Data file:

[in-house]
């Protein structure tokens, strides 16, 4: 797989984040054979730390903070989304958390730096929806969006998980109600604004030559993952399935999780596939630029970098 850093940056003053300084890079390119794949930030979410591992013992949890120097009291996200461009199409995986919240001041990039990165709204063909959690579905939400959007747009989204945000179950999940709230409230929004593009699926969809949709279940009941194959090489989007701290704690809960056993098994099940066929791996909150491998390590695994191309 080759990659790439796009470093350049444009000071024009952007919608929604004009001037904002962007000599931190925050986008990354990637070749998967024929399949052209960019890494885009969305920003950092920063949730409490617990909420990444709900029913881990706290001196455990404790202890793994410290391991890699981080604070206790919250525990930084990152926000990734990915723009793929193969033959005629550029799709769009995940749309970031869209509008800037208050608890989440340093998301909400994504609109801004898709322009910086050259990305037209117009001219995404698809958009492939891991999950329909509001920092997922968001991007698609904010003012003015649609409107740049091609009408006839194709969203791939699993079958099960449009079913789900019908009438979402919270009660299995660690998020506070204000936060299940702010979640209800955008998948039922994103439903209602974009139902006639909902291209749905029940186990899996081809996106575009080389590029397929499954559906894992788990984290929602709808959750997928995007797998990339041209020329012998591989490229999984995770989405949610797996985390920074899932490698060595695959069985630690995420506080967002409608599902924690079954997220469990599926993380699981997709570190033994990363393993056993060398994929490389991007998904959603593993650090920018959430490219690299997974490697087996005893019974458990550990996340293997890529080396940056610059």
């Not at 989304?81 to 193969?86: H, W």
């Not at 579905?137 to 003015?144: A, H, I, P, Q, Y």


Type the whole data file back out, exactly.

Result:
[in-house]
């Protein structure tokens, strides 16, 4: 797989984040054979730390903070989304958390730096929806969006998980109600604004030559993952399935999780596939630029970098 850093940056003053300084890079390119794949930030979410591992013992949890120097009291996200461009199409995986919240001041990039990165709204063909959690579905939400959007747009989204945000179950999940709230409230929004593009699926969809949709279940009941194959090489989007701290704690809960056993098994099940066929791996909150491998390590695994191309 080759990659790439796009470093350049444009000071024009952007919608929604004009001037904002962007000599931190925050986008990354990637070749998967024929399949052209960019890494885009969305920003950092920063949730409490617990909420990444709900029913881990706290001196455990404790202890793994410290391991890699981080604070206790919250525990930084990152926000990734990915723009793929193969033959005629550029799709769009995940749309970031869209509008800037208050608890989440340093998301909400994504609109801004898709322009910086050259990305037209117009001219995404698809958009492939891991999950329909509001920092997922968001991007698609904010003012003015649609409107740049091609009408006839194709969203791939699993079958099960449009079913789900019908009438979402919270009660299995660690998020506070204000936060299940702010979640209800955008998948039922994103439903209602974009139902006639909902291209749905029940186990899996081809996106575009080389590029397929499954559906894992788990984290929602709808959750997928995007797998990339041209020329012998591989490229999984995770989405949610797996985390920074899932490698060595695959069985630690995420506080967002409608599902924690079954997220469990599926993380699981997709570190033994990363393993056993060398994929490389991007998904959603593993650090920018959430490219690299997974490697087996005893019974458990550990996340293997890529080396940056610059």
């Not at 989304?81 to 193969?86: H, W």
């Not at 579905?137 to 003015?144: A, H, I, P, Q, Y």